Life Beyond Boating  l  Marblehead, Massachusetts

Winter 2008-09
March 1, 2009
As The Next Nor'easter Approachs

Click thumbnails below for a larger picture
Sunday, March 1, 2009

We've had unseasonably warm weather for the past week, a mere dusting of snow since the last storm. That's about to change, with another nor'easter bearing down on us starting later today through tomorrow.  (Mar. 1, 2009)

The last storm on Feb 3-4 occurred just in time to interfere with my planned surgery early on the morning of the 4th. The procedure had to be postponed anyway due to an unexpected upper respiratory infection, was rescheduled for -- tomorrow of course!

The ice and snow from previous storms is gone. Even the dinghy is now accessible, an event I didn't expect until April. With last week's unseasonably warm temperatures, almost hitting 60º on Friday, spring -- now just 19 days off -- was in the air early.

The warming was welcomed, especially as the firewood racks are getting lighter, emptier.

Of the full eight racks at the beginning of this season, I'm down to two and a half.

Even Mt. Chip Ahoy has been reduced to a mere foothill, the only hint of snow remaining.

The tarp-covered picnic table and yard furniture too are completely clear of snow. A month ago I didn't think I'd be able to reach them either until April.

The picnic furniture and shed, from my office balcony. Not a hint of snow remains.

The birdfeeders out back, clear and easily reached -- until tomorrow. But tomorrow I go in for my surgery; the birds will have to fend for themselves until I can too. The hatches are battened down for an expected 12" of new snow. Too bad I won't be here to document this big one . . .  (Mar. 1, 2009)

More photos follow below news reports . . .

The Boston Herald
Sunday, March 1, 2009

Snow hot on trail of temperature swing
By Renee Nadeau

Don’t pack up that snow shovel - Old Man Winter isn’t buried yet.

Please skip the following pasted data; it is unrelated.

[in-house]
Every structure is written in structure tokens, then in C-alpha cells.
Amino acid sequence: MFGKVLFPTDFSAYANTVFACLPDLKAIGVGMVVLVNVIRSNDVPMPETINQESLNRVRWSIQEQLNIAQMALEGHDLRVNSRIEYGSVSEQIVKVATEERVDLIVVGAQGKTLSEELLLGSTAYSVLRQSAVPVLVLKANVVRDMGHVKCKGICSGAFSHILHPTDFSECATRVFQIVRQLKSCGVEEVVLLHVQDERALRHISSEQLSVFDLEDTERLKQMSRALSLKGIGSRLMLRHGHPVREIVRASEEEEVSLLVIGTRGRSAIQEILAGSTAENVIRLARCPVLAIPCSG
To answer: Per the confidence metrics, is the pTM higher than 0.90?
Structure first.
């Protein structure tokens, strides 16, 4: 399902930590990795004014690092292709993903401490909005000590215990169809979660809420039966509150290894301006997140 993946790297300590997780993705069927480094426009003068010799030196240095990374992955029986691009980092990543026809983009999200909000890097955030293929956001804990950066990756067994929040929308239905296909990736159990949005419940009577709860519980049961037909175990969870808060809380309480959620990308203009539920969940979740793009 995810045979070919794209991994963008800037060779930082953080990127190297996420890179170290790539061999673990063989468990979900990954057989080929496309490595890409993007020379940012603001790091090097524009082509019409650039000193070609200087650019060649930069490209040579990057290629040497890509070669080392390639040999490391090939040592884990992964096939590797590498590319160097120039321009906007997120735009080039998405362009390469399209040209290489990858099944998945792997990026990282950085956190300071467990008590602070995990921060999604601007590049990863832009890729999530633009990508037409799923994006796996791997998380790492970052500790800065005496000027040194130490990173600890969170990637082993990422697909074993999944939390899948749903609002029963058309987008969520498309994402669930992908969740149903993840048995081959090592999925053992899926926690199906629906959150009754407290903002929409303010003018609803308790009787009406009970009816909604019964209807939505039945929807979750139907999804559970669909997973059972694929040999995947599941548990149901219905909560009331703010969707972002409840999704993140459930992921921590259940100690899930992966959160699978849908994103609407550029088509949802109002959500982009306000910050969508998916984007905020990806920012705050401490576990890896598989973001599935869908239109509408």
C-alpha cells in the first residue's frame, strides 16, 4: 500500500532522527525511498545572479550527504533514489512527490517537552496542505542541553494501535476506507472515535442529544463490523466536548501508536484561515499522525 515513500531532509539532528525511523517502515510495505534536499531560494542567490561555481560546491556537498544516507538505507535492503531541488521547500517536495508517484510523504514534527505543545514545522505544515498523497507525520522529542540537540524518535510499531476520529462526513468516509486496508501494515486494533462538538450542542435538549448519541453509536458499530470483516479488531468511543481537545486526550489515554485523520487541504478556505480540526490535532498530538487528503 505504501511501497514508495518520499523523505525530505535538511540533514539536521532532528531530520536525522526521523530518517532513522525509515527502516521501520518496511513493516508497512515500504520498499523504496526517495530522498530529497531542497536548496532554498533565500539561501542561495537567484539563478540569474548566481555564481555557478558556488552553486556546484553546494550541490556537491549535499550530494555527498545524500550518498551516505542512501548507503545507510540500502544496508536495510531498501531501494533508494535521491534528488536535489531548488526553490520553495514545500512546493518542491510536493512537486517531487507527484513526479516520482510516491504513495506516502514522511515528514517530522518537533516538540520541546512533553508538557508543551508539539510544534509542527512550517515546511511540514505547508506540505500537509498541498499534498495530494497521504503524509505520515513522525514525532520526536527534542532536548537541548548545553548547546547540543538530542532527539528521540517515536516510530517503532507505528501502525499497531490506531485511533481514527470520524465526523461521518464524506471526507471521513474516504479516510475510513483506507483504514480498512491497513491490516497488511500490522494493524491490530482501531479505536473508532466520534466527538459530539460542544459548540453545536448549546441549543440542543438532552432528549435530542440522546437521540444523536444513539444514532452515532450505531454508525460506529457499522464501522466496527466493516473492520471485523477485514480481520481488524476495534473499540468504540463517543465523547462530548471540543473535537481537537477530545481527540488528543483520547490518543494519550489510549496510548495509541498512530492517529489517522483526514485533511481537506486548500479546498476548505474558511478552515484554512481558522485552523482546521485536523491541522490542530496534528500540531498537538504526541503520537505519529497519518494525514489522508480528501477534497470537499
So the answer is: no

Light snow this morning will turn heavier in the afternoon, when a winter storm warning goes into effect in Massachusetts, said National Weather Service meteorologist Alan Dunham. Expect 1 to 3 inches to accumulate before sundown, and up to 6 inches by the time the storm warning is lifted tomorrow afternoon. Areas west of Route 128 could see between 6 and 12 inches. The Cape and Islands will see less, as the snow is expected to mix with sleet and rain in the southeastern parts of the state.

“It’s back to winter,” Dunham said.

High temperatures today will reach only the mid-20s, with sustained winds of 10 miles per hour and gusts hitting 30. Tomorrow will be similarly miserable, with highs in the upper 20s and snow being blown about by 20- to 30-mile-per-hour winds.

“The morning commute is going to be ugly, and probably the evening commute too,” Dunham said.

Sleet may accompany the snow at times, he said.

The Bay State has been pummeled by 55.2 inches of snow so far this year, as of yesterday afternoon. Normal snowfall at this point in the season is 31.1 inches, Dunham said. Hardest hit this winter has been the western part of the state. The Hub will be treated to partly sunny skies Tuesday, with high temps in the mid-30s. Dunham said we can expect sun and temperatures in the mid- to upper-30s through Friday - nearly hitting the normal temperature of 40.